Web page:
News & Updates


Group seeks fix to insurance dilemma

03/26/2009 © Bradenton Herald

Dan Montgomery said there has to be a better way to insure Floridians against a potential Hurricane Andrew-like storm than to continue to pour money into Citizens Property Insurance Corp. and the state’s Hurricane Catastrophe Fund.

Neither entity can truly protect the state if it suffered a major storm hit, he said.

That’s why Montgomery has started the Shield Our State Coalition, a St. Petersburg-based group with a plan to change the way hurricane insurance is handled in the state.

Basically, Montgomery’s plan would have private insurers continue to write homeowners policies in the state. But premium dollars collected on the wind portion of policies would go directly to a reserve pool maintained by the state that would be used to pay future storm claims.

“Our core premise is that the people of the state of Florida, one way or another, are going to have to pay for hurricane risk,” Montgomery said. “They are paying $6.5 billion a year in premiums. And what use is that going to? It’s going out of state and in many cases out of the country and into the pockets of reinsurers. What’s left in the state of that money to pay hurricane damages? Our plan takes that same money, but keeps it right here in the state in what I call HIP – the Hurricane Insurance Pool.”

Montgomery calls the current system broken. He notes that Citizens Property Insurance Corp., the state-created insurer of last resort, has had to go back to the state for more funding to cover its claims from past storms.

Legislators also have been trying to find a way to shore up a $18 billion shortfall in the state’s CAT fund, which has about $10.5 billion in cash and bonding capabilities to pay future claims.

“All you’ll find is a mountain of debt,” Montgomery said. “The magnitude of that debt if we were hit this year by an Andrew-type hurricane, would be about $14,000 per household on top of the highest premiums in the nation that they are already paying.”

Montgomery, who spent time working on Wall Street and has 16 years experience in catastrophe insurance claims, may have allies in his pursuit.

State Rep. Ellen Bogdanoff, R-Fort Lauderdale, House Minority Leader Franklin Sands and Senate President Pro Tempore Mike Fasano have been working on legislation that would have the hurricane portion of policies covered by the state.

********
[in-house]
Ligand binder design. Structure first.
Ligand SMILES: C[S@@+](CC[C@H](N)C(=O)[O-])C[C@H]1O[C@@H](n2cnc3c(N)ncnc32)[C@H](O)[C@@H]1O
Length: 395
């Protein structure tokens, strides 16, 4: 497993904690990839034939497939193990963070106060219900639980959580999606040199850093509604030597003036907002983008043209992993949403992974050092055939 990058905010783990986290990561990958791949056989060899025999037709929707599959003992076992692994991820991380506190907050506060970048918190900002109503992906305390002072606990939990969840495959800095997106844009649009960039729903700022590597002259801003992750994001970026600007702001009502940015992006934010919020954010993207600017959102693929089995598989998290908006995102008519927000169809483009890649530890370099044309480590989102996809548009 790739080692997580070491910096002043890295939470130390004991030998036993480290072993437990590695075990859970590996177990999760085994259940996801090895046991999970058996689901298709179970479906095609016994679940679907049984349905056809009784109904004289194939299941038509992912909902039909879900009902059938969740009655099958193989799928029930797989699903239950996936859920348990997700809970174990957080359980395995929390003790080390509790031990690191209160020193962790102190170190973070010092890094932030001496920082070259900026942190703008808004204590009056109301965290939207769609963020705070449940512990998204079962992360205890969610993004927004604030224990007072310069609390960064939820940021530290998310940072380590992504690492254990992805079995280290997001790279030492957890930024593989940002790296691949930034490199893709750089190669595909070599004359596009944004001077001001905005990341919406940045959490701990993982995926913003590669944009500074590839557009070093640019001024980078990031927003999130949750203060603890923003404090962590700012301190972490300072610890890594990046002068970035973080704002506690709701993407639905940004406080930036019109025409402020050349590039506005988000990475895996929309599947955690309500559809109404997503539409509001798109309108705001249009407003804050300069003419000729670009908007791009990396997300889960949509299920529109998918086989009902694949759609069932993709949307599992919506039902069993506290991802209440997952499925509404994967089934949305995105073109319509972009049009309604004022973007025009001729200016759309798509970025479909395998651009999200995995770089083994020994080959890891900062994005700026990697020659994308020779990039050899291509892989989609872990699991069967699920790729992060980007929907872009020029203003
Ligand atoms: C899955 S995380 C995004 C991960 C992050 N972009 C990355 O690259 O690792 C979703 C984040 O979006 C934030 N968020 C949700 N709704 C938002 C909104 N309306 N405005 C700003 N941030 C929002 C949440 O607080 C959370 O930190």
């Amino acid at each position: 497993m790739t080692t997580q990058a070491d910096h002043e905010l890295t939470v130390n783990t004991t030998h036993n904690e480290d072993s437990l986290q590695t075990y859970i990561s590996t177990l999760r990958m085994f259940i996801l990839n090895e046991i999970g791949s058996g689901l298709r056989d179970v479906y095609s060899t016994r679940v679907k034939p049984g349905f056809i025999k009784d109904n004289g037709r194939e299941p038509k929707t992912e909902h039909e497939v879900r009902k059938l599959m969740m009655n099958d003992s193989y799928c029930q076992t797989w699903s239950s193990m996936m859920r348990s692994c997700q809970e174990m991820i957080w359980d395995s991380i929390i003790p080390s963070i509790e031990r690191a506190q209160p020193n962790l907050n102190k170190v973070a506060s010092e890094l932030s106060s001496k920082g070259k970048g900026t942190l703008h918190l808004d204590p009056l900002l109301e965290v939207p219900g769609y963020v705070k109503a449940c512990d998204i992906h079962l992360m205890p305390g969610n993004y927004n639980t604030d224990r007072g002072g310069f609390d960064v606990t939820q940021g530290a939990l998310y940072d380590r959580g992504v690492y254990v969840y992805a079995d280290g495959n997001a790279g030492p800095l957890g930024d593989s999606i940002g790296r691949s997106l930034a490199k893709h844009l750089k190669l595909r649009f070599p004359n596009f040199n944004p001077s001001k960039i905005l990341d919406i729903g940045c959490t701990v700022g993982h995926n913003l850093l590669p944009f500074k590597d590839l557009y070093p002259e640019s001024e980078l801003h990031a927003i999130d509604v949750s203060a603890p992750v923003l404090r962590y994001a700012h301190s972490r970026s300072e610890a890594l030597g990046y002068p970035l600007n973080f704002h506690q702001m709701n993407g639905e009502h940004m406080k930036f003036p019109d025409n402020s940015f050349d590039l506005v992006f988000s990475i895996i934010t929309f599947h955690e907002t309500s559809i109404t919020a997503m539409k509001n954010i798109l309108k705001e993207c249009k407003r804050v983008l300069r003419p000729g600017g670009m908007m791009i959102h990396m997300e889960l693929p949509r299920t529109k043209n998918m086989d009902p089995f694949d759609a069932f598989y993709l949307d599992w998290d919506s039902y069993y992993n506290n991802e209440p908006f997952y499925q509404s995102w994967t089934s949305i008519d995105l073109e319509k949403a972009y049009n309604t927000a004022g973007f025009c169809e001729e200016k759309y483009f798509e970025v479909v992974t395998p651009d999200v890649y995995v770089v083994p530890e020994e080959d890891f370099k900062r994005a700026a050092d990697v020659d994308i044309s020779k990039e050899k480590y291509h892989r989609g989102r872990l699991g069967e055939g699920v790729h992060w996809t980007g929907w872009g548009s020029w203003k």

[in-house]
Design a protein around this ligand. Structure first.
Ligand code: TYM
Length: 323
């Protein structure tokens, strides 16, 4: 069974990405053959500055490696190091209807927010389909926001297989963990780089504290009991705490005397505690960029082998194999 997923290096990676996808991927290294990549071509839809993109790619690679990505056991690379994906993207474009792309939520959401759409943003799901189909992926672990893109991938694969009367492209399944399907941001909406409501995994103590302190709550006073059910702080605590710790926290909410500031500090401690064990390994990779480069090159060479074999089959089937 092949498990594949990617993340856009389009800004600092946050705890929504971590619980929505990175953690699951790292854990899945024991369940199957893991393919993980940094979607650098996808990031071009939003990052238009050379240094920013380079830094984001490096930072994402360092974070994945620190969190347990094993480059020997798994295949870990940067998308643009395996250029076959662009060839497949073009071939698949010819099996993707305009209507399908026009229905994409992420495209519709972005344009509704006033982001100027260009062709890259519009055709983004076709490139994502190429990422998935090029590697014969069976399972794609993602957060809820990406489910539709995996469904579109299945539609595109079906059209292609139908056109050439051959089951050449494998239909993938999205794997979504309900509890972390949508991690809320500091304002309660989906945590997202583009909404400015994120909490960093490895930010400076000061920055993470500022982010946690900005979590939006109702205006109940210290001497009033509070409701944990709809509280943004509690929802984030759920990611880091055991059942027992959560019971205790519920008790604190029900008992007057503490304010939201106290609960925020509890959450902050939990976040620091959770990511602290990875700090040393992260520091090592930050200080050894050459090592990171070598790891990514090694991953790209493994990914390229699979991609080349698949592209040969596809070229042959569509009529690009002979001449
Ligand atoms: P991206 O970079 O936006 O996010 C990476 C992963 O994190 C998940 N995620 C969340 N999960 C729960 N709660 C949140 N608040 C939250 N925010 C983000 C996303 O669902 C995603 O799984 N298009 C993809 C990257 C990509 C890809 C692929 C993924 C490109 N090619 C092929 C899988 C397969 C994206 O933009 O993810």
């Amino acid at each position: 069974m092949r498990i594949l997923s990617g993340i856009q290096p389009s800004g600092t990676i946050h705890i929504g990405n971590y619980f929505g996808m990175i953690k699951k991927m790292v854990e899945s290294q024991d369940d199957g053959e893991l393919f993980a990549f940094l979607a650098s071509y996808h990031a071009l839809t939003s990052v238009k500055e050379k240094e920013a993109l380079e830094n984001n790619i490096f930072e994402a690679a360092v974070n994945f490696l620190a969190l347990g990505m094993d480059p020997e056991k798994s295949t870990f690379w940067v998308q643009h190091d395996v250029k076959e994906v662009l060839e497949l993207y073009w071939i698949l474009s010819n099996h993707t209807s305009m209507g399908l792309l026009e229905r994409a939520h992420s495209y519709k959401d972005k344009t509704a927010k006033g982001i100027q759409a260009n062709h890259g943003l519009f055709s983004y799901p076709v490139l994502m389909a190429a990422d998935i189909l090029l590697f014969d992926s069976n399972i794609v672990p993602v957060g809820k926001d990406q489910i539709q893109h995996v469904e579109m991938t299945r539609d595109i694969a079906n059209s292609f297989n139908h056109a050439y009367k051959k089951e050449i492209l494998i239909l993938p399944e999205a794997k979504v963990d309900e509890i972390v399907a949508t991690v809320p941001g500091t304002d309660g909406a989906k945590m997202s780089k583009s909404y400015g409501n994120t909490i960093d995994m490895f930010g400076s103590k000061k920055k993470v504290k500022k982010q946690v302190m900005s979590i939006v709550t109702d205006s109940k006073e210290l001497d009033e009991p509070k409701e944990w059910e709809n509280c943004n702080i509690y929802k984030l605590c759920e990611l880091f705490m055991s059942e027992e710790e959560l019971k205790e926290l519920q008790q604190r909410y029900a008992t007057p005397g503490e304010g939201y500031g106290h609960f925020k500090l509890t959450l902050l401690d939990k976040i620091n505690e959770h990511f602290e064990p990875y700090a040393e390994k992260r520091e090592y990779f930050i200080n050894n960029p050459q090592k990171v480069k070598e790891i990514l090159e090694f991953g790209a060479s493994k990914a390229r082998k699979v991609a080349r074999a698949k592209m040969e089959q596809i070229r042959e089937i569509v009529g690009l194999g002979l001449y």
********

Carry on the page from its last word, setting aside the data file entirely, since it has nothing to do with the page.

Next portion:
But not everyone is convinced it would work. State Rep. Ron Reagan, R-Bradenton, believes it would take time to build up enough reserves through the plan to cover the effects of a serious storm.

“I think while it’s well-intentioned it doesn’t help us immediately. It shifts all the hurricane coverage to the state,” Reagan said. “I don’t believe the state should be in the hurricane business if we don’t have to be. I think the idea in the long run may have merit, we need to continue to look at it. I would prefer to have the wind covered by private money and private participation.”

Montgomery believes that after administrative costs, the state could bank about $5 billion a year in reserves in the Hurricane Insurance Pool. He said the money would be able to compound, tax-free, and therefore grow quickly.

Andy Gregory, co-owner of Des Champs & Gregory, Inc. insurance in Bradenton, strongly opposes Montgomery’s plan.

“It’s ridiculous because it puts the state on the hook for the largest catastrophe-prone exposure that exists,” Gregory said. “When private industry exists to be able to offset that risk, why subject the state to it?”

Gregory believes such a concept would drive independent agents out of business because large insurers would undercut their prices, knowing they would only be covering lower-risk perils like fire and theft.

“The direct writers will come in and undercut, competition would end up limited, and in the future, prices would begin to rise,” Gregory said. “It’s a form of socializing when we don’t have to. He’s not thinking this through.”

Bob Lotane, spokesman for the National Association of Insurance and Financial Advisers-Florida, says the agency’s members are split on the issue but open to new suggestions.

“We have members who support concepts such as this and we have others who have reservations or who are not as supportive,” Lotane said. “They do agree, however, that we need out-of-the-box thinking such as this to address the difficulties in the market.”

© 2009 and wire service sources. All Rights Reserved.

Imported: Mar 26 2009 4:23AM Indexed: Mar 26 2009 4:32AM